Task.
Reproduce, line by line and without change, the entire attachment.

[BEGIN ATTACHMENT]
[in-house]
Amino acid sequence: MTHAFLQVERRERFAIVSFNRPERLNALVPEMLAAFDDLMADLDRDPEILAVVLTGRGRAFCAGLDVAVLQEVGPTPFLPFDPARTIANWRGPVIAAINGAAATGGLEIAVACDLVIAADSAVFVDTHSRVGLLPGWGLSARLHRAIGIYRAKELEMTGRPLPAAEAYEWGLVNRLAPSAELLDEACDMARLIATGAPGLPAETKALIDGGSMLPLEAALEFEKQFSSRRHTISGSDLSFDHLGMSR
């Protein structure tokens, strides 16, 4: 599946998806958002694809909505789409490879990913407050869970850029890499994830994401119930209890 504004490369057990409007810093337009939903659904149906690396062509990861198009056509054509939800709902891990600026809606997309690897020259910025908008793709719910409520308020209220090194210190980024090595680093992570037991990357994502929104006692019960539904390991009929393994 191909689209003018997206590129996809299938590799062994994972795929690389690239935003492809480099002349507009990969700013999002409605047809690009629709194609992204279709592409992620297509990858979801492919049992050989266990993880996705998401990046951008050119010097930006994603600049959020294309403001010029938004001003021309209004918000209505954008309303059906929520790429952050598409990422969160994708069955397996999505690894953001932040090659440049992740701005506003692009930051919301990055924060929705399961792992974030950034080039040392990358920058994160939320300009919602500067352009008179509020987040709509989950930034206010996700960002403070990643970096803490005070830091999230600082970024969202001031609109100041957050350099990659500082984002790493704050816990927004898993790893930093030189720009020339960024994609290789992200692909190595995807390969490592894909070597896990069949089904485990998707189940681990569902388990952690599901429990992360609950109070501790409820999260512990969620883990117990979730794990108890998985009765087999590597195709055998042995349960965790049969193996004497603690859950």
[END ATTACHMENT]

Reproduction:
[in-house]
Amino acid sequence: MTHAFLQVERRERFAIVSFNRPERLNALVPEMLAAFDDLMADLDRDPEILAVVLTGRGRAFCAGLDVAVLQEVGPTPFLPFDPARTIANWRGPVIAAINGAAATGGLEIAVACDLVIAADSAVFVDTHSRVGLLPGWGLSARLHRAIGIYRAKELEMTGRPLPAAEAYEWGLVNRLAPSAELLDEACDMARLIATGAPGLPAETKALIDGGSMLPLEAALEFEKQFSSRRHTISGSDLSFDHLGMSR
């Protein structure tokens, strides 16, 4: 599946998806958002694809909505789409490879990913407050869970850029890499994830994401119930209890 504004490369057990409007810093337009939903659904149906690396062509990861198009056509054509939800709902891990600026809606997309690897020259910025908008793709719910409520308020209220090194210190980024090595680093992570037991990357994502929104006692019960539904390991009929393994 191909689209003018997206590129996809299938590799062994994972795929690389690239935003492809480099002349507009990969700013999002409605047809690009629709194609992204279709592409992620297509990858979801492919049992050989266990993880996705998401990046951008050119010097930006994603600049959020294309403001010029938004001003021309209004918000209505954008309303059906929520790429952050598409990422969160994708069955397996999505690894953001932040090659440049992740701005506003692009930051919301990055924060929705399961792992974030950034080039040392990358920058994160939320300009919602500067352009008179509020987040709509989950930034206010996700960002403070990643970096803490005070830091999230600082970024969202001031609109100041957050350099990659500082984002790493704050816990927004898993790893930093030189720009020339960024994609290789992200692909190595995807390969490592894909070597896990069949089904485990998707189940681990569902388990952690599901429990992360609950109070501790409820999260512990969620883990117990979730794990108890998985009765087999590597195709055998042995349960965790049969193996004497603690859950």